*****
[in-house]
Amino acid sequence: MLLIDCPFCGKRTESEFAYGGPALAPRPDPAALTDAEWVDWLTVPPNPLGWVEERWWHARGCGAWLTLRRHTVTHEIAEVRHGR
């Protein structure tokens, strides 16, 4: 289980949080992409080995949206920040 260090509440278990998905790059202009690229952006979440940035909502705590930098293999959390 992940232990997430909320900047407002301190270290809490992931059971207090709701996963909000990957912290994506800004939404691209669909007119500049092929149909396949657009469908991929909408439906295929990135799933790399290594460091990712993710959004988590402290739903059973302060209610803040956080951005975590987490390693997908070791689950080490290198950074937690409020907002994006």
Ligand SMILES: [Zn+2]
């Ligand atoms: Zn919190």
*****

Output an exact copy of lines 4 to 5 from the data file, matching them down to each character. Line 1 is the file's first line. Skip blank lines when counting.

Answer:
Ligand SMILES: [Zn+2]
């Ligand atoms: Zn919190």